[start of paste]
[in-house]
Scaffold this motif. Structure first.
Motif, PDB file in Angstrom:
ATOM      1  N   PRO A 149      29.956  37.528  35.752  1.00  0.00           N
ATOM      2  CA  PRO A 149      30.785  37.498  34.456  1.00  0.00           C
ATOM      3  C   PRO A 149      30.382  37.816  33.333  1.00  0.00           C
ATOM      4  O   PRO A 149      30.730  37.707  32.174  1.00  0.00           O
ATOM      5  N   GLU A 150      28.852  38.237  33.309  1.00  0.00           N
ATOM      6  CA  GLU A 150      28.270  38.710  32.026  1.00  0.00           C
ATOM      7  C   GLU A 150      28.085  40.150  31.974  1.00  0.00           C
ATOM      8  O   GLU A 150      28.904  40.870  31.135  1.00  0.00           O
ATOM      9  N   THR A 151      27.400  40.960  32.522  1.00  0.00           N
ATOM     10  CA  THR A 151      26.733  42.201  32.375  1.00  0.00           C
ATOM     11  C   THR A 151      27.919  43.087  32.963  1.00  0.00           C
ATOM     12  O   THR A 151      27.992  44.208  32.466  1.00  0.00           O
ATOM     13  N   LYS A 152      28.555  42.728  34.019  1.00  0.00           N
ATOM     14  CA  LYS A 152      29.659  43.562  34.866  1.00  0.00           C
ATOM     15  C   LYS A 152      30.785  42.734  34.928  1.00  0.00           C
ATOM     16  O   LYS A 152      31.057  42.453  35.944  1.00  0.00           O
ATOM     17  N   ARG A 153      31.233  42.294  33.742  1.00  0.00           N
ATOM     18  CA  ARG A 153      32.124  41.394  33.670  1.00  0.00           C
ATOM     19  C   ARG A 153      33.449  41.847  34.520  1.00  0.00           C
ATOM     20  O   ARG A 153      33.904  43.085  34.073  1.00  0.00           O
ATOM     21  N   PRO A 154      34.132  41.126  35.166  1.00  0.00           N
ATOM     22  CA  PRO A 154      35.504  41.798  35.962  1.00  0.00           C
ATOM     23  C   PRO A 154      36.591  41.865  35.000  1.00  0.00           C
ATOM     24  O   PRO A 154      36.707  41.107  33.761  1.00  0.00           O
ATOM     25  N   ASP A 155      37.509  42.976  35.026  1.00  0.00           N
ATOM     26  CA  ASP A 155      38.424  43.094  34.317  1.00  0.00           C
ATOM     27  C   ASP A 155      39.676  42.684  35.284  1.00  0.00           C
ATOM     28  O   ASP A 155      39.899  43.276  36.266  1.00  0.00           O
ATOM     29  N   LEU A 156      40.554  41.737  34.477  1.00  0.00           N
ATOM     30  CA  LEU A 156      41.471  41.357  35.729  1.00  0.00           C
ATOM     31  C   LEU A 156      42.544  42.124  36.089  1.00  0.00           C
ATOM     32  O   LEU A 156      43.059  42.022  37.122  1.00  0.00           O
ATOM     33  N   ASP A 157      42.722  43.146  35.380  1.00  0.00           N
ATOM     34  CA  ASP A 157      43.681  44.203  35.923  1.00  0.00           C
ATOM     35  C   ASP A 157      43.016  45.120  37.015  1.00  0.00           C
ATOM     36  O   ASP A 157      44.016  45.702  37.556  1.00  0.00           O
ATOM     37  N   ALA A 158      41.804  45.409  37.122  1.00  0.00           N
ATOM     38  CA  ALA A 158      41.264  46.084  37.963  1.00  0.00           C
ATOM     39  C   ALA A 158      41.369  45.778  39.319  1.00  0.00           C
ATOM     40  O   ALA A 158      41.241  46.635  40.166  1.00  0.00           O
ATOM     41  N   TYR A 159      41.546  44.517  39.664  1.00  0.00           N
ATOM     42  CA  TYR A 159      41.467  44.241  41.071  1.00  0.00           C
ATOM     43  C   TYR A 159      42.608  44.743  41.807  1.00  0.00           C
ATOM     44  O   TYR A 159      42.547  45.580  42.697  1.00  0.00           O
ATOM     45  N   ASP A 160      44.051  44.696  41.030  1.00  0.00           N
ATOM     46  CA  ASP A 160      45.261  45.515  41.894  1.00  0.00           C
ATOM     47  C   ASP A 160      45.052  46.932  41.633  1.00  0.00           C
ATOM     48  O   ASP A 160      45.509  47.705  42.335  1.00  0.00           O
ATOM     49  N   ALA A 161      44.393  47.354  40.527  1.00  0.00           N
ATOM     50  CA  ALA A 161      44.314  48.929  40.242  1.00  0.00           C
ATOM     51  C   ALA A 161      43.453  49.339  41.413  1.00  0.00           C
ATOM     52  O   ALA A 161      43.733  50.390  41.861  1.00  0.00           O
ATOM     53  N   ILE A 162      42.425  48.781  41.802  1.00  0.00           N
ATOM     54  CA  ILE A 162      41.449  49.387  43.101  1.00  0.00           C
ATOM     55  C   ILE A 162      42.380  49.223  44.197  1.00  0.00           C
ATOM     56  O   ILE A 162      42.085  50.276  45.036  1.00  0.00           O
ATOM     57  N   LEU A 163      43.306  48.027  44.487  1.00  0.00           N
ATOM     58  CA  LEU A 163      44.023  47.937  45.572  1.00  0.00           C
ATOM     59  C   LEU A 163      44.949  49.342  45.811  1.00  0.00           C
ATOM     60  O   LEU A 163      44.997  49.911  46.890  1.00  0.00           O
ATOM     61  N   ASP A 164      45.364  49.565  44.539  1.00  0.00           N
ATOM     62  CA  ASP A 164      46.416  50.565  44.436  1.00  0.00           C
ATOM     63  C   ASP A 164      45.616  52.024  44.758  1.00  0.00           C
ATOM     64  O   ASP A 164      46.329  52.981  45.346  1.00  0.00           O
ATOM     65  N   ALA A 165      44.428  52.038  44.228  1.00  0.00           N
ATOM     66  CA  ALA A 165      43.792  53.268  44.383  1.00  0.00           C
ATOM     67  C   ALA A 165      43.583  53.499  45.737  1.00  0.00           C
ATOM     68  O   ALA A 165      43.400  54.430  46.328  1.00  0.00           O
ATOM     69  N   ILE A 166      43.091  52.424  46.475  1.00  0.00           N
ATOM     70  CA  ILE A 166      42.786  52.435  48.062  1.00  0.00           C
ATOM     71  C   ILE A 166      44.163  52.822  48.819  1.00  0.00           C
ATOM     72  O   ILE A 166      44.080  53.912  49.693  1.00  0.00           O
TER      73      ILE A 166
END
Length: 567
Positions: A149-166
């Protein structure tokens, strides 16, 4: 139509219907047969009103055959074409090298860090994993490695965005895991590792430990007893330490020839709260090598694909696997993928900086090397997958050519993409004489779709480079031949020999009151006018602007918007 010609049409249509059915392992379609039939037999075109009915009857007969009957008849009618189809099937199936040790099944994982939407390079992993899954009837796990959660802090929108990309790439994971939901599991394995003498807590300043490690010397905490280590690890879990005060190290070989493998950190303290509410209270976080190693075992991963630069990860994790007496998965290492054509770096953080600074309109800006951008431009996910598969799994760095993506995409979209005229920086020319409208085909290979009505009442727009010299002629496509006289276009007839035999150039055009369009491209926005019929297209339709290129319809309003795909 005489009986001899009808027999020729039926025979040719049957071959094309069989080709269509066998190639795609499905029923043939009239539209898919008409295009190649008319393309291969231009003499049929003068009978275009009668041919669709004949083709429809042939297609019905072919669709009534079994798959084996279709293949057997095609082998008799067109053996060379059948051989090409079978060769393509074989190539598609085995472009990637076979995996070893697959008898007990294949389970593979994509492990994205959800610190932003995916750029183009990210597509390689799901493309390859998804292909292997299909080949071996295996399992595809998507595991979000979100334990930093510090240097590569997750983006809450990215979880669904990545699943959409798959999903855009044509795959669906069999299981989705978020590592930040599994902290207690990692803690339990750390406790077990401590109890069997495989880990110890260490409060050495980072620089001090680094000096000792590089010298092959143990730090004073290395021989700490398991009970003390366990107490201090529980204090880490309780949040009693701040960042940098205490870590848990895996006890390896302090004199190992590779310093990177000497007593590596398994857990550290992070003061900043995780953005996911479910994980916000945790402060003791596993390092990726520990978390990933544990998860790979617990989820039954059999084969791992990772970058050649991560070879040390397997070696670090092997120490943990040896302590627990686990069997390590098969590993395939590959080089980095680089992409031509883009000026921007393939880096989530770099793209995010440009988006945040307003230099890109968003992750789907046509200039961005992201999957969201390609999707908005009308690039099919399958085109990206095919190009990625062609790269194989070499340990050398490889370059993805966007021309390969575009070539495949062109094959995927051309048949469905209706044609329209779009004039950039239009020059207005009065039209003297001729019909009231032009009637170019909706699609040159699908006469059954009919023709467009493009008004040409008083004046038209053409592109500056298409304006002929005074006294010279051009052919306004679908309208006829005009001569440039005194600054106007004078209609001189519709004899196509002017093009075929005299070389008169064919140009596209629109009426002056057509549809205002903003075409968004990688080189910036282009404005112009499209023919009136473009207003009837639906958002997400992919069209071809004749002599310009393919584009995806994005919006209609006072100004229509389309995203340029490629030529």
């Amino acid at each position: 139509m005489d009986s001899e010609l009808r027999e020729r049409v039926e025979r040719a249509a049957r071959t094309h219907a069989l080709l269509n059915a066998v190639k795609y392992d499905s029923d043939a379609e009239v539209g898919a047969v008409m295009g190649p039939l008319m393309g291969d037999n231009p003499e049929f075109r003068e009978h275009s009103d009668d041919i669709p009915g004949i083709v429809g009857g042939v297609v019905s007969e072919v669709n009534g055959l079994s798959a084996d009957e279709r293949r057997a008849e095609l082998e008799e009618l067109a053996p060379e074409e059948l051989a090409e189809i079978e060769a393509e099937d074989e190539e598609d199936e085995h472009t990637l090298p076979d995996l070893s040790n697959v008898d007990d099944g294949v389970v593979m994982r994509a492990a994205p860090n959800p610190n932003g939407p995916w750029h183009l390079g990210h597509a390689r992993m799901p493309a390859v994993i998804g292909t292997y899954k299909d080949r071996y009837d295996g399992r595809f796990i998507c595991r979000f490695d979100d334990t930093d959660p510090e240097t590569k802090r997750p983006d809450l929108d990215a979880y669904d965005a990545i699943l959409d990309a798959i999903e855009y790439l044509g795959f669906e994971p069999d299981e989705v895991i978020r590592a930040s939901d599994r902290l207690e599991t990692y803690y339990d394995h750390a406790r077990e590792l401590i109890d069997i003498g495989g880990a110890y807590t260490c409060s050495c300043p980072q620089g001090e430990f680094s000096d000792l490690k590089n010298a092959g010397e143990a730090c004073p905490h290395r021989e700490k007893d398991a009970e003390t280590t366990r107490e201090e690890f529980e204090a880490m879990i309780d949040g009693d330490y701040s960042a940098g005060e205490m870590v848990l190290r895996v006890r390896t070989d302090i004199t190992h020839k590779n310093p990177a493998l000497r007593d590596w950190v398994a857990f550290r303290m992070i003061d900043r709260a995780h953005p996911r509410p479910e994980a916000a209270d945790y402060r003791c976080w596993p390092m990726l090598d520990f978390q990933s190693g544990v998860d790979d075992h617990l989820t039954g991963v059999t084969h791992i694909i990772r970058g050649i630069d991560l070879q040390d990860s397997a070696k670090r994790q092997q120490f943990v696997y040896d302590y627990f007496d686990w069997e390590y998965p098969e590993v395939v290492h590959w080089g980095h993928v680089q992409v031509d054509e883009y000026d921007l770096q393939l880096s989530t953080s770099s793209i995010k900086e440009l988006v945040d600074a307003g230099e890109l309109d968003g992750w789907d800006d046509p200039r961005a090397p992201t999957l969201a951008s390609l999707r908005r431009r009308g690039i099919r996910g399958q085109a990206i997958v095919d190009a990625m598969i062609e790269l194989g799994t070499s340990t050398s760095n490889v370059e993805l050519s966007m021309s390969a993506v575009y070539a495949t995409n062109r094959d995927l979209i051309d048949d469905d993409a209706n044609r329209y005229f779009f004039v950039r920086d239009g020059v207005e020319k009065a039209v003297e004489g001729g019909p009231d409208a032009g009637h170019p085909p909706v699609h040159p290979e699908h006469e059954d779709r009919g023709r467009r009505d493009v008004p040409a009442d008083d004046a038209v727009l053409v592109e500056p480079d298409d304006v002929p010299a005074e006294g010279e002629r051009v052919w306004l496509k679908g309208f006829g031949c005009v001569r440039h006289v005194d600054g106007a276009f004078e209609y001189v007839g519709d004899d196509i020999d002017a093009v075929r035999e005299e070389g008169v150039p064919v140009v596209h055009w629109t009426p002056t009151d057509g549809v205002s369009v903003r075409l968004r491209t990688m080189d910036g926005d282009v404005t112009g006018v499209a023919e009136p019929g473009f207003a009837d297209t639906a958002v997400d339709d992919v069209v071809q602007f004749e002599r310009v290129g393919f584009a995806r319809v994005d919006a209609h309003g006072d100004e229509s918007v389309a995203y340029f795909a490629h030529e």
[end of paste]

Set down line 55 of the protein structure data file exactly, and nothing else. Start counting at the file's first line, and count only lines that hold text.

ATOM     52  O   ALA A 161      43.733  50.390  41.861  1.00  0.00           O